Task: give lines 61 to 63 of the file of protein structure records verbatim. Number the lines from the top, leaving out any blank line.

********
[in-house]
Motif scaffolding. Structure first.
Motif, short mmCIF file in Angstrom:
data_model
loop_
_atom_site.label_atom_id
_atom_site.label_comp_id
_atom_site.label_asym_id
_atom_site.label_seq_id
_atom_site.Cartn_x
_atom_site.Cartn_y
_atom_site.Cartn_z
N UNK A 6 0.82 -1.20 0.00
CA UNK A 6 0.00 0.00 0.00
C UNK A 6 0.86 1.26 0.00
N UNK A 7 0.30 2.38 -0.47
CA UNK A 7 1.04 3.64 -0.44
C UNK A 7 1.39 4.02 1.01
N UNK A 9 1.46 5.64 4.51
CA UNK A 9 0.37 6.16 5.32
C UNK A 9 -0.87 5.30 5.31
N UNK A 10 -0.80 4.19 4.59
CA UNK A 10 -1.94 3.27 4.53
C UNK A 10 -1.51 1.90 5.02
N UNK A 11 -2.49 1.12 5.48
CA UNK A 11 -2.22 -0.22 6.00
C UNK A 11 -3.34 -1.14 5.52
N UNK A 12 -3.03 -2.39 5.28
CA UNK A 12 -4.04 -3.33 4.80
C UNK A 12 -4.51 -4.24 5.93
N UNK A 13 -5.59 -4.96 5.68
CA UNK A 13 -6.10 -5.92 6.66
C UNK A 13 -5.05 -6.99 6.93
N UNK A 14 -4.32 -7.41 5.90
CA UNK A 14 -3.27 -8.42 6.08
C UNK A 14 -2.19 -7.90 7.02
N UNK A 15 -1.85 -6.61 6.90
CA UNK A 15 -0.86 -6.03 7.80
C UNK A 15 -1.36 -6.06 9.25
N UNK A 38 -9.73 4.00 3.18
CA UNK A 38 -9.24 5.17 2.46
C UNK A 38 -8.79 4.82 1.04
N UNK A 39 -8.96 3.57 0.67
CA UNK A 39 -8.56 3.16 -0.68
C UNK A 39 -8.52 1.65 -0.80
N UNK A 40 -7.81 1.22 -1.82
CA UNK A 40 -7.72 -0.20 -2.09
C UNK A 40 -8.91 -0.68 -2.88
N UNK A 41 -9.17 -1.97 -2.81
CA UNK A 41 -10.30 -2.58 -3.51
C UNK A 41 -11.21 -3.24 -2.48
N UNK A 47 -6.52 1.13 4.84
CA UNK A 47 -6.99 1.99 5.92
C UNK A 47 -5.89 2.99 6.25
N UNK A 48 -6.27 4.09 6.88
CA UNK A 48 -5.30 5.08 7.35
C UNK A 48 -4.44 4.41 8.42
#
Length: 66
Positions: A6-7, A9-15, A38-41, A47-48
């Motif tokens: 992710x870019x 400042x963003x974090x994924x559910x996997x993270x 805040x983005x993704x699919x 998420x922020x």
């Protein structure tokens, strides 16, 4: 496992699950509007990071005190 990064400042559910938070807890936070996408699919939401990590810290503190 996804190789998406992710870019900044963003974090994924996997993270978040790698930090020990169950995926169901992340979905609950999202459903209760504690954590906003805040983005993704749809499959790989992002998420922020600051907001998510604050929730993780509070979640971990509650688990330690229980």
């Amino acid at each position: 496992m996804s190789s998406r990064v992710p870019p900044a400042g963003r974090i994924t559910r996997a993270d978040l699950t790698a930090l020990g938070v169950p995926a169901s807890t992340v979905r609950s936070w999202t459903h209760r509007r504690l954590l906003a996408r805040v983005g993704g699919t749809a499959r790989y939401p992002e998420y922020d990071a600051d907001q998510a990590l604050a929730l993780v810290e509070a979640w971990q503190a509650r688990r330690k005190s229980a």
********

């Motif tokens: 992710x870019x 400042x963003x974090x994924x559910x996997x993270x 805040x983005x993704x699919x 998420x922020x």
């Protein structure tokens, strides 16, 4: 496992699950509007990071005190 990064400042559910938070807890936070996408699919939401990590810290503190 996804190789998406992710870019900044963003974090994924996997993270978040790698930090020990169950995926169901992340979905609950999202459903209760504690954590906003805040983005993704749809499959790989992002998420922020600051907001998510604050929730993780509070979640971990509650688990330690229980």
């Amino acid at each position: 496992m996804s190789s998406r990064v992710p870019p900044a400042g963003r974090i994924t559910r996997a993270d978040l699950t790698a930090l020990g938070v169950p995926a169901s807890t992340v979905r609950s936070w999202t459903h209760r509007r504690l954590l906003a996408r805040v983005g993704g699919t749809a499959r790989y939401p992002e998420y922020d990071a600051d907001q998510a990590l604050a929730l993780v810290e509070a979640w971990q503190a509650r688990r330690k005190s229980a």